To say that Andrew Bacevich’s American Empire is a truly realistic work of realism is therefore to declare it not only a very good book, but also a pretty rare one. The author, a distinguished former soldier, combines a tough-minded approach to the uses of military force with a grasp of American history that is both extremely knowledgeable and exceptionally clear-sighted. This book is indispensable for anyone who wants to understand the background to U.S. world hegemony at the start of the 21st century; and it is also a most valuable warning about the dangers into which the pursuit and maintenance of this hegemony may lead America.

Bacevich speaks for many of us staunch former anti-Communists when he writes of his enduring belief that the Cold War had to be fought. “And yet in the years after the dismantling of the Berlin Wall–the event that validated U.S. exertions across the previous half century–American statecraft seemingly jumped its traces. Whereas before 1989, U.S. foreign policy appeared in the main realistic, with the stated objectives of diplomacy quite limited–to protect our homeland, to preserve our values, to defend our closest allies–in the 1990s those objectives aimed at nothing short of a full-scale transformation of the international order.”

Bacevich expounds a threefold thesis: first, that America is indeed an empire, as this term has traditionally been understood–though an indirect empire which does not need to annex states and administer them directly; second, that this imperial role, and especially its intellectual and moral underpinnings, are not a creation of the post-Cold War period but deeply rooted in American history; and third, that the basic attitudes and policies to which this gives rise have been characteristic of every U.S. administration since the early 1990s. In other words, the distinction between Republicans and Democrats in this regard is largely meaningless.

Bacevich’s first chapter is entitled “The Myth of the Reluctant Superpower,” and demolishes the notion that the United States has generally been averse to using military force to promote its international power. He quotes Teddy Roosevelt: “Of course, our whole history has been one of expansion.” This argument is becoming characteristic of neoconservative nationalist writers like Robert Kagan and Max Boot. But whereas they see this tendency as an undiluted and indisputable good, Bacevich, as a soldier, is strongly alive to its moral ambiguities and the savage realities of warfare. He writes of the way in which, for example, the Spanish-American War, begun for ostensibly the purest humanitarian motives, turned into an anti-partisan struggle against Filipino guerrillas in which American soldiers replicated the brutalities of the other Western colonial armies.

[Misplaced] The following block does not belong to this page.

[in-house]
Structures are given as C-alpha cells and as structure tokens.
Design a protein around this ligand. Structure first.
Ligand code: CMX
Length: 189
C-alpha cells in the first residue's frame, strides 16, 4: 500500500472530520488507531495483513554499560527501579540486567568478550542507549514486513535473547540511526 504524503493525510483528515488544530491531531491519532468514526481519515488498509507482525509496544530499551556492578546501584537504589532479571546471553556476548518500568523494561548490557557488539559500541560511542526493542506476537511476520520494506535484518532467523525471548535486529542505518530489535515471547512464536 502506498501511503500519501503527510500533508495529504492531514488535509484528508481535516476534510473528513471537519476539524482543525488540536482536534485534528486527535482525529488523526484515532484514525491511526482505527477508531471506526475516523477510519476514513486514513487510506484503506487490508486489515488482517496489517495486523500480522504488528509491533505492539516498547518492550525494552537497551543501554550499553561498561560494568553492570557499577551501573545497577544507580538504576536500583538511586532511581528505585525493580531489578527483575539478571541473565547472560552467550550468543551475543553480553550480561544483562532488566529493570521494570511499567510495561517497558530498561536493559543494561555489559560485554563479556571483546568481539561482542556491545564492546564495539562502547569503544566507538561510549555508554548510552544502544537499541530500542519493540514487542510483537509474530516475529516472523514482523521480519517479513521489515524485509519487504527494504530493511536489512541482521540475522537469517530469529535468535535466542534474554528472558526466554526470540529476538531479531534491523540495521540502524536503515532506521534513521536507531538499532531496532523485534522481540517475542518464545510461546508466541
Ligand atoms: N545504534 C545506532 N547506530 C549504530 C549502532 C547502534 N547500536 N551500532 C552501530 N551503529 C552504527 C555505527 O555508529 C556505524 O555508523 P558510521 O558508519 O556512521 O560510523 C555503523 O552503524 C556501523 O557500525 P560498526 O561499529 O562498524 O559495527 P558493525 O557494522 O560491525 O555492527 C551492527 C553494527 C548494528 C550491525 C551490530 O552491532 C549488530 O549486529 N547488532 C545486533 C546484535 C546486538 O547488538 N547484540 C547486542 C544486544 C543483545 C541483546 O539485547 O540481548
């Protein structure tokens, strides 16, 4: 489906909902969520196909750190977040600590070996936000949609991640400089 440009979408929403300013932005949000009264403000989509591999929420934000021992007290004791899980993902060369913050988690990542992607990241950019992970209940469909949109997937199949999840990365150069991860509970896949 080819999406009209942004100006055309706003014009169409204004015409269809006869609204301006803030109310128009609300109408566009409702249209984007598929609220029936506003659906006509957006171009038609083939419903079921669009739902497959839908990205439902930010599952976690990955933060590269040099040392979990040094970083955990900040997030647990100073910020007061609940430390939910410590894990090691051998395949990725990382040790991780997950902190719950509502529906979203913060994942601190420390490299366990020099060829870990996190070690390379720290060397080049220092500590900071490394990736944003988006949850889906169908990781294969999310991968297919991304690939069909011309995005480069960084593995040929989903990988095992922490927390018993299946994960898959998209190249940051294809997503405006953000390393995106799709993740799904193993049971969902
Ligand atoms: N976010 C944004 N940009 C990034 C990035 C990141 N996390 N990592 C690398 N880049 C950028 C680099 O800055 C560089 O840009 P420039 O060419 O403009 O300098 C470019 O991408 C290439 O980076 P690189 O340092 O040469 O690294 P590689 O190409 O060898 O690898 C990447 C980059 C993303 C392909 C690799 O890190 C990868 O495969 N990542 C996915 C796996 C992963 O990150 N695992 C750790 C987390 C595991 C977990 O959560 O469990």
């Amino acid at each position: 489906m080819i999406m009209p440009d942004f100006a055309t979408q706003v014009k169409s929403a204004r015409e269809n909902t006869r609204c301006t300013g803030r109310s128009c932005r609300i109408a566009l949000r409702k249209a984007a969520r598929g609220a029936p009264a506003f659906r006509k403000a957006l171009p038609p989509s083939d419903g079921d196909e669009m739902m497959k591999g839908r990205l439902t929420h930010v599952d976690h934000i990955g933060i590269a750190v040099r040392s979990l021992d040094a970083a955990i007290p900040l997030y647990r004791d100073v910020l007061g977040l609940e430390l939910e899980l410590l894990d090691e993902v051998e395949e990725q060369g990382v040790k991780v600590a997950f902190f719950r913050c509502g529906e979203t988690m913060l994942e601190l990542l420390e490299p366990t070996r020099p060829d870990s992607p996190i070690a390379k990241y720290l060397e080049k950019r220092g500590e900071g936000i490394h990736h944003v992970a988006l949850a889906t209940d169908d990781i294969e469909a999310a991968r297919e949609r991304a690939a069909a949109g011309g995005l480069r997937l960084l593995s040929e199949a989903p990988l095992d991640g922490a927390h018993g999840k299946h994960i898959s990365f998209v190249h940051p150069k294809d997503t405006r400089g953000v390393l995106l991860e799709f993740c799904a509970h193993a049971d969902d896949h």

Bacevich does not make the mistake of the simple-minded left in alleging that the idealistic elements in U.S. foreign policy are simply a hypocritical cover for its “real” motives. On the contrary, he describes the conviction of American leaders of America’s superior democratic and economic civilization as both completely sincere and one of the nation’s greatest strengths. But unlike the neoconservatives, he is also aware that all the Western colonial empires believed this claim of civilization superiority, and used it to justify their empire-building. He also understands why so much of the rest of the world finds these claims not merely unconvincing but infuriating.

Among its other strengths, this book throws particular light on the military culture of the past decade, and the transformation of the relationship between the American military and the country’s political leadership. He demonstrates the growing political autonomy of the military high command, as exemplified in what he calls the “rise of the proconsuls”–otherwise known as the regional commanders-in-chief. And he stresses the greater caution–dare one say “realism”?–of the military when it comes to the use of force and its consequences. Hence the initially strange picture of a former general following a dovish policy as secretary of state, assisted in this from behind the scenes by much of the uniformed military, even as the military’s civilian leadership urges a much more aggressive line.

Above all, Bacevich’s book calls for American clear-headedness–a summons immensely important at a time when such thinking is all too likely to be drowned out by those of an unthinking and sentimentalized nationalism. In his words: “The question is what kind of empire [Americans] intend theirs to be. For policymakers to persist in pretending otherwise–to persist in myths of American innocence or fantasies about unlocking the secrets of history–is to increase the likelihood that the answers they come up with will be wrong. That way lies not just the demise of the American empire but great danger for what used to be known as the American republic.”